I cannot get access to that inner life any other way than through the power of the words themselves. The words pressure me into a response, and the rhythm of the poem carries me to another plane of time, outside of time. Rhythm can hypnotize and alliteration can be almost hypnotic. The moan of doves in immemorial elms And murmurings of innumerable bees. And onward, as bells off San Salvador Salute the crocus lustres of the stars, In these poinsettia meadows of her tides,— Adagios of islands, O my Prodigal, Complete the dark confessions her veins spell.

The words move ahead of the thought in poetry.

The imagination loves reverie, the daydreaming capacity of the mind set in motion by words, by images. As a reader, the hold of the poem over me can be almost embarrassing because it is so childlike, because I need it so much to give me access to my own interior realms. It plunges me into the depths and poetry is the literature of depths and gives a tremendous sense of another world growing within. I need the poem to enchant me, to shock me awake, to shift my waking consciousness and open the world to me, to open me up to the world—to the word—in a new way.

I am pried open. The spiritual desire for poetry can be overwhelming, so much do I need it to experience and name my own perilous depths and vast spaces, my own well-being. And yet the work of art is beyond existential embarrassment. It is mute and plaintive in its calling out, its need for renewal. It needs a reader to possess it, to be possessed by it. Its very life depends upon it.

I paused for a long time to drink in the strange truth that all the sublimity of poetry comes down in the end to mere air and nothing more, to the sound of these words and no others, which are nonetheless delicious and enchanting to hear. The phrase has an elegance suitable for writing, for inscription on a cup or in stone. Writing fixes the evanescence of sound. It holds it against death.

The sound of the words is the first primitive pleasure in poetry. Stevens lists the love of the words as the first condition of a capacity to love anything in poetry at all because it is the words that make things happen. There are times when I read a poem and can feel the syllables coming alive in my mouth, the letters enunciated in the syllables, the syllables coming together as words, the words forming into a phrase, the phrase finding a rhythm in the line, in the lines, in the shape of the words crossing the lines into a sentence, into sentences.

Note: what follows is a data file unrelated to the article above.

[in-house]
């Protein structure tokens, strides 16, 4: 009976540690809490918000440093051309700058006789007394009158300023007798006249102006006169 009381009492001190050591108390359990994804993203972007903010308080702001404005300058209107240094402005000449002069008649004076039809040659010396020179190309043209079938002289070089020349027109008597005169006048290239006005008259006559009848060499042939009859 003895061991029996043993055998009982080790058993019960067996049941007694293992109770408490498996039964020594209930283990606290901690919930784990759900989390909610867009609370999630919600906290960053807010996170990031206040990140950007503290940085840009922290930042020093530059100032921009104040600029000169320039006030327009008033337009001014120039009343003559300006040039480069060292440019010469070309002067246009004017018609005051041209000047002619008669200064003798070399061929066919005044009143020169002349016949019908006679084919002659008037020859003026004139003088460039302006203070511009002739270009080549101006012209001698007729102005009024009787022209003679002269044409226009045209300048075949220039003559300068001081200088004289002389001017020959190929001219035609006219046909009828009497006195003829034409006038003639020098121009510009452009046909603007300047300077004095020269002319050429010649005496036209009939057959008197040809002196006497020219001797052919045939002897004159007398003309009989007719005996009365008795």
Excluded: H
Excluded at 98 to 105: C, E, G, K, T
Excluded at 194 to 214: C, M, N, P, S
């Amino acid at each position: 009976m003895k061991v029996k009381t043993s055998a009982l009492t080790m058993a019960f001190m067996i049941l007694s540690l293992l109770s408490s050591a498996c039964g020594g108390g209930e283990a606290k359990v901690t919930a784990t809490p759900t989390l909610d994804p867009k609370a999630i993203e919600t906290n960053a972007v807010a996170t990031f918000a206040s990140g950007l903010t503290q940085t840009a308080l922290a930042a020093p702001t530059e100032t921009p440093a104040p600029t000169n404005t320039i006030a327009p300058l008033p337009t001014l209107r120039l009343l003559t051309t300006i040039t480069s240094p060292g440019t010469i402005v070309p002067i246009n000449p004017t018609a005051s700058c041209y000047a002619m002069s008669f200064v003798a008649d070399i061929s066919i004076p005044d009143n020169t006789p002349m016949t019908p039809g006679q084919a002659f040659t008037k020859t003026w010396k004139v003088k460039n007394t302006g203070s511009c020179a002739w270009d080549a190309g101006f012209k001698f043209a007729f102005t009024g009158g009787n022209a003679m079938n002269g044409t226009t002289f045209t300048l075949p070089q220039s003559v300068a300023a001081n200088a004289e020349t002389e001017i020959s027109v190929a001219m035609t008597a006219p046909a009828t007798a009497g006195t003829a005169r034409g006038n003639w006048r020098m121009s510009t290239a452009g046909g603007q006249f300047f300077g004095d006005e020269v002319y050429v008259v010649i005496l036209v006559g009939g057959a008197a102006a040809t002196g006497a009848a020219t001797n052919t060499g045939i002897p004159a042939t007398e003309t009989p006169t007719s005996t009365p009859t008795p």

I feel the words creating a rhythm, a music, a spell, a mood, a shape, a form.

Romantic Lines of Poetry to Make Your Partner Swoon | Reader's Digest

I hear the words coming off the page into my own mouth—in transit, in action. I generate—I re-create—the words incantatory, the words liberated and self-reflexive. Words rising from the body, out of the body. An act of language paying attention to itself. An act of the mind. The pleasure all this creates in the mouth is intense.

COLLECTIONS

The poem is an act beyond paraphrase because what is being said is always inseparable from the way it is being said. The words are an erotic visitation, a means to an end, but also an end in and of themselves. The poet is first of all a language worker. A shaper of language. This is at the heart of the Orphic calling of the poet: The lyric poem walks the line between speaking and singing.